Thinking of undertaking a Dual Occupancy development? In part 1 of this 2 part series, Rick Forster, a property developer who operates in the eastern suburbs of Melbourne, takes us through the ins and outs of developing dual oc's.

When I first thought about becoming a property developer I had this pre-conceived idea that a nice 6 unit site would be a good starter. Couldn't be too hard could it. They seemed to be going up everywhere. After I first got involved in a program that taught the ins and outs of property developing it soon dawned on me how much is involved in any development and what sort of funds are required to complete the different types of developments. One of the biggest factors when starting out in the developing game is how much risk are you able to handle? It's an interesting question because what may be high risk for one person may be low risk for another person. It all depends on a number of factors including experience, mindset, resources and ambition just to name a few.


Dual Oc

In my opinion a dual occupancy development is the perfect starter if you are new to the property developing game. It is by far the safest of the development projects because your site always maintains a high proportion of its value due to the fact the existing house does not get demolished. Like any development certain criteria must be met so for many parts of the project the procedure and process are the same as with bigger sites. The zoning must be right and this doesn't just mean that any zone where developing is permitted means a dual occupancy development will be right. If the area is zoned more towards a higher density then council will not allow you to under-develop the site. You would find other developers out bidding you at auction or making much higher offers to the selling agent as higher density numbers will support their offer. The best way to tell if a potential site is best suited to a dual occupancy development is to look at any other developments that have been completed in the area and preferably in the recent past. If the area has several properties that have been subdivided into two lots with the existing house still standing and a new dwelling constructed at either the front or rear of the property then the area you are looking in will probably be suitable. Your due diligence will of course include researching services and being familiar with local requirements such as set backs, easements and overlays. Covenants are also applicable and some can only be found on the vendors statement such as the single dwelling covenant that exists on some properties. Vegetation, Heritage, Flooding and Culturally sensitive overlays will affect any site. A simple dual occupancy one is no different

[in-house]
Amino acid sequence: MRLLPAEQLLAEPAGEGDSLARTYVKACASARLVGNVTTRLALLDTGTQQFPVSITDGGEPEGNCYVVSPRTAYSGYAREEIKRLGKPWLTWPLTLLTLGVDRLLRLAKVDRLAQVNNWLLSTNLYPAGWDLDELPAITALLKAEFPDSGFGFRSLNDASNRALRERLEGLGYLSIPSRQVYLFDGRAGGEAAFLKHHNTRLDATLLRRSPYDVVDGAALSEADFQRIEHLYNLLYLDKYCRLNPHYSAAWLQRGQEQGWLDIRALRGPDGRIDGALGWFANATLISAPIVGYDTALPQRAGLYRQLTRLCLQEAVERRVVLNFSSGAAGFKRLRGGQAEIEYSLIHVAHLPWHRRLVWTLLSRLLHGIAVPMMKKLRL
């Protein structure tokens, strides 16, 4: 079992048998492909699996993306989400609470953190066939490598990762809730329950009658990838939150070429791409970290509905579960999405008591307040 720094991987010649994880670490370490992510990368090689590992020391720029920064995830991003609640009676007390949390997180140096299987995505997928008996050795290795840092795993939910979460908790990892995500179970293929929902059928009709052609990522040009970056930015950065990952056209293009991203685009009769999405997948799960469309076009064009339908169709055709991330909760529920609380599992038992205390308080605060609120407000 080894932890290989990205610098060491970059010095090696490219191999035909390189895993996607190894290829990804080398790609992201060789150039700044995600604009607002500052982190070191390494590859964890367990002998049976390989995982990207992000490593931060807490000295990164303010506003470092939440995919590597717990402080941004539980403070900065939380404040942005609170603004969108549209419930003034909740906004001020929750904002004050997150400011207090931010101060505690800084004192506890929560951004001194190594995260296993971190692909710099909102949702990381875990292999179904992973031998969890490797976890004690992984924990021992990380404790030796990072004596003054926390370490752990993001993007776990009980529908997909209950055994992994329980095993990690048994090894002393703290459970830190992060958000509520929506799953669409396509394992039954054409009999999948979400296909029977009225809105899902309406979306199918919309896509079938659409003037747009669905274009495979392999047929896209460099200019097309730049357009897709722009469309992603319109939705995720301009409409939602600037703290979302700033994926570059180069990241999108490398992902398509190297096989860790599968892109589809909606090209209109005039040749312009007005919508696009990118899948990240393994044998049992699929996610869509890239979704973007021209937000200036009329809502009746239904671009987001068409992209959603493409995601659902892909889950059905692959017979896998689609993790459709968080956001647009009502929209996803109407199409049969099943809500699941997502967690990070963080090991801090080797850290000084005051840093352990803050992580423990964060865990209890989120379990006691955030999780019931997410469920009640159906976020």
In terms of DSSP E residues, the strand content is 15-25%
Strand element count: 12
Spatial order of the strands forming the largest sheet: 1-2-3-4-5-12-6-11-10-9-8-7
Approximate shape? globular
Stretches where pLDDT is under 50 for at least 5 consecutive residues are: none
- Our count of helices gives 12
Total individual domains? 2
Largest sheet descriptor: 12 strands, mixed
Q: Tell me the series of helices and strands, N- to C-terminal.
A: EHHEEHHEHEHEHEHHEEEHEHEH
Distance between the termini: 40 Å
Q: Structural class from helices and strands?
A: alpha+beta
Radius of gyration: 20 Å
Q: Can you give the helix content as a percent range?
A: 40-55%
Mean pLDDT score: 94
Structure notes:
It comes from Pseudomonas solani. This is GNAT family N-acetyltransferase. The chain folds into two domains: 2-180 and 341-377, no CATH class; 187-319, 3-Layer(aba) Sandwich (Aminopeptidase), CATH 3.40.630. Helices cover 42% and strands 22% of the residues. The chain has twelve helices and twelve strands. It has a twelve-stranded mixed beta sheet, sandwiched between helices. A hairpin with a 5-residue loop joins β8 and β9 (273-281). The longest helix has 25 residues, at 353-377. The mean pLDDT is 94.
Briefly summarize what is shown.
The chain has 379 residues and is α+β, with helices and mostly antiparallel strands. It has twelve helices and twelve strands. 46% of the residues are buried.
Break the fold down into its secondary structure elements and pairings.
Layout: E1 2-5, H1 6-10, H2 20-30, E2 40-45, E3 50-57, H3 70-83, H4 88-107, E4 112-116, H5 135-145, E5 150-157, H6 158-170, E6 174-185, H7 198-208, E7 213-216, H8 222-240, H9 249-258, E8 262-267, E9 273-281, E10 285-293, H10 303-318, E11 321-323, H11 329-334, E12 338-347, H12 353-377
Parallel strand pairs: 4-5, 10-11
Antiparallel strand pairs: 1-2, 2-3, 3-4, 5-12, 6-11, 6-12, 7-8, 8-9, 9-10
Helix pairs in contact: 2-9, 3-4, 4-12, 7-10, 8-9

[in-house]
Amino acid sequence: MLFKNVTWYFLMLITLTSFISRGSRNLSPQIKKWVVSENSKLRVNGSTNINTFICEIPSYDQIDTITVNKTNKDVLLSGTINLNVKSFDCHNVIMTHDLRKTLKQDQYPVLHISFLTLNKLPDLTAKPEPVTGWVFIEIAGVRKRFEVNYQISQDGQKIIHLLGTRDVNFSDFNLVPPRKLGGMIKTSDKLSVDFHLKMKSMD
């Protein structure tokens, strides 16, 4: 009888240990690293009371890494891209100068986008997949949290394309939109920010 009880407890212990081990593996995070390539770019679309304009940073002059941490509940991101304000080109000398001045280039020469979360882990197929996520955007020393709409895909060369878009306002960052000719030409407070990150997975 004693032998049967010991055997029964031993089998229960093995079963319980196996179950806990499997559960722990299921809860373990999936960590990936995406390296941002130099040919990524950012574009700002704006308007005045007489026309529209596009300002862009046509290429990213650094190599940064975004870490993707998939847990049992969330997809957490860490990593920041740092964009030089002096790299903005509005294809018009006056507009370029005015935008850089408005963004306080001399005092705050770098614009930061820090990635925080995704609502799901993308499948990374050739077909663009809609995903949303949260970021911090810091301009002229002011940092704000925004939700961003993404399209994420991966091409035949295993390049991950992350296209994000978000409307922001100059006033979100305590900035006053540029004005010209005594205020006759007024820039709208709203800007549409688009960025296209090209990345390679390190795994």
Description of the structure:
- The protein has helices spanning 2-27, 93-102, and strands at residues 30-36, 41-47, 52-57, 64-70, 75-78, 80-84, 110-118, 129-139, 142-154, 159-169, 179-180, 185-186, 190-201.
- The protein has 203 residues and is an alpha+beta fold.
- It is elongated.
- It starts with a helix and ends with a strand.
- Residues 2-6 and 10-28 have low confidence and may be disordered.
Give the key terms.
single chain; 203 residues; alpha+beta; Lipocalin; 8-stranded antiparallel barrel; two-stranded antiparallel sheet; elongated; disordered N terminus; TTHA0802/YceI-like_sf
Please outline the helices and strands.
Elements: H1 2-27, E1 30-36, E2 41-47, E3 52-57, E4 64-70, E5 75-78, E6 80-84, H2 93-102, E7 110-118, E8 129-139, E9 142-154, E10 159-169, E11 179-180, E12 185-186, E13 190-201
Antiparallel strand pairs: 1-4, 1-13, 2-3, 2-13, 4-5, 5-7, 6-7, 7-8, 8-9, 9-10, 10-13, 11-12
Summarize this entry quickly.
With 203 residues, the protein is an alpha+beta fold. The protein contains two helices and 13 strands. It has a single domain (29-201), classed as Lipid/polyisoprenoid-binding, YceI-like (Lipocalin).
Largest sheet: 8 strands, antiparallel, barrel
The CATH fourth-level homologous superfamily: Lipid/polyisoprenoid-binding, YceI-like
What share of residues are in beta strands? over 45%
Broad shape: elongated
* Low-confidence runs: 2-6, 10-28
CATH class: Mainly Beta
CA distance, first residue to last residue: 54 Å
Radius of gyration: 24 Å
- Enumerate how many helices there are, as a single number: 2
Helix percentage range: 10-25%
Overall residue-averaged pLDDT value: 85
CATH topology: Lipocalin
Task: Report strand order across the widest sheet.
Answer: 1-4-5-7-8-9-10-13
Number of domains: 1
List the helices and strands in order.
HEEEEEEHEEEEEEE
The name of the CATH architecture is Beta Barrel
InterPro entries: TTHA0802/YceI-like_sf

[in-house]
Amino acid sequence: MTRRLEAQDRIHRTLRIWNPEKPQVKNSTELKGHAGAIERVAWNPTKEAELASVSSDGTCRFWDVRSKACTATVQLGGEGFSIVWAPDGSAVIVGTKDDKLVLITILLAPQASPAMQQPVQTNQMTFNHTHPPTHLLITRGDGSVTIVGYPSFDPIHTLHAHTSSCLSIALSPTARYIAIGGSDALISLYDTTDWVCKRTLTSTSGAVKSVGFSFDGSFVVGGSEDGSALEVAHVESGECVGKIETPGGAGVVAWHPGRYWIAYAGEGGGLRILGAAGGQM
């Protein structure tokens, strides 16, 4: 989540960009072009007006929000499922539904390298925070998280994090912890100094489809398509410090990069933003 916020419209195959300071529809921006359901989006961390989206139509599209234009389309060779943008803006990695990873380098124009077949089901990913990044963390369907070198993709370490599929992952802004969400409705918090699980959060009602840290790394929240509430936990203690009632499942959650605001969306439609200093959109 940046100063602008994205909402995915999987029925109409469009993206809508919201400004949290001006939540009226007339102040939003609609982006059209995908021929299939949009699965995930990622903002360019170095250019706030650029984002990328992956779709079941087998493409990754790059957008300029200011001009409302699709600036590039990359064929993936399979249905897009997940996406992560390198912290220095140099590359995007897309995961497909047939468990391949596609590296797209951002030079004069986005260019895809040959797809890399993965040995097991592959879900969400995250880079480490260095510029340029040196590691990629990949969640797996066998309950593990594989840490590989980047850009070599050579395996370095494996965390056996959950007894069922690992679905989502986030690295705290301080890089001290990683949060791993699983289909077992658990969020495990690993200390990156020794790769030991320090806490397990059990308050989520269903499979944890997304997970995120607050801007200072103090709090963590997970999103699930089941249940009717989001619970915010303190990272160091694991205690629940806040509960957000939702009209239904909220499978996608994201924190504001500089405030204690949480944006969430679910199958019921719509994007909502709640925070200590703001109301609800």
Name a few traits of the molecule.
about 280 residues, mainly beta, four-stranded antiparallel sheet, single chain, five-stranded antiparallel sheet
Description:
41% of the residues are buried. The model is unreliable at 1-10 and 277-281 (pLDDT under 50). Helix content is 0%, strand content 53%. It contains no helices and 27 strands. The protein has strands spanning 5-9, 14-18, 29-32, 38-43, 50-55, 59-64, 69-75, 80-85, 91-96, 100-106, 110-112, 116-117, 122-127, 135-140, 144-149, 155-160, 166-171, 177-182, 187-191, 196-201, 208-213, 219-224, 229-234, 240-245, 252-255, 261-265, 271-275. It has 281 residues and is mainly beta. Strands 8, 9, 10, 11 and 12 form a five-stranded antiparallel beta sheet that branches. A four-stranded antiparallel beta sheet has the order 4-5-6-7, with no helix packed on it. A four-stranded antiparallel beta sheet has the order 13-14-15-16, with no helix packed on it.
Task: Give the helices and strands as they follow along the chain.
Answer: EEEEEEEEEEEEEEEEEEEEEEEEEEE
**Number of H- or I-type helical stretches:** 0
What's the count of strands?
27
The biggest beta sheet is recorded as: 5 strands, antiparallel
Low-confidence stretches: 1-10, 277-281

Things to check when assessing a site concern the existing dwelling. Many dual occupancy sites work because your construction costs are kept down due to the fact you are only building one dwelling but in the end you own two. You are really just trying to pick up the backyard for as cheap as possible and in some circumstances when values are on the rise you may even end up getting the backyard for free or even better you get paid to acquire the backyard. How does that work? Well it only happens in a rising market but if the existing dwelling once subdivided is worth more than what you originally paid for the whole property then you have in reality been paid to develop the backyard. On the other side of the equation is that the existing dwelling must support a subdivision. If the dwelling is located too close to the boundary fence on either side then you won't get the required clearance for the new dwellings driveway to be constructed. Not unless you want to chop off some of the existing dwelling and you need to be aware of the associated costs of doing that. Those costs don't just involve the cost of removing external walls etc but also how much does that alteration change the value of the existing dwelling. If you lose part of a living area and a bedroom it will dramatically reduce the end value of the existing dwelling.


Dual Oc

 If the clearance down one side of the existing dwelling is adequate for a shared driveway or even better it is wide enough to create a private driveway for the new dwelling you have to consider where the existing dwellings car parking area will be located. If you have enough space for a private driveway for the new dwelling then chances are the existing dwellings parking won't change too much but if you have to create a shared driveway then the existing dwellings parking will most likely need to be relocated at the rear of the dwelling and this is the backyard you want to build a new dwelling on. There will need to be enough space for both. be continued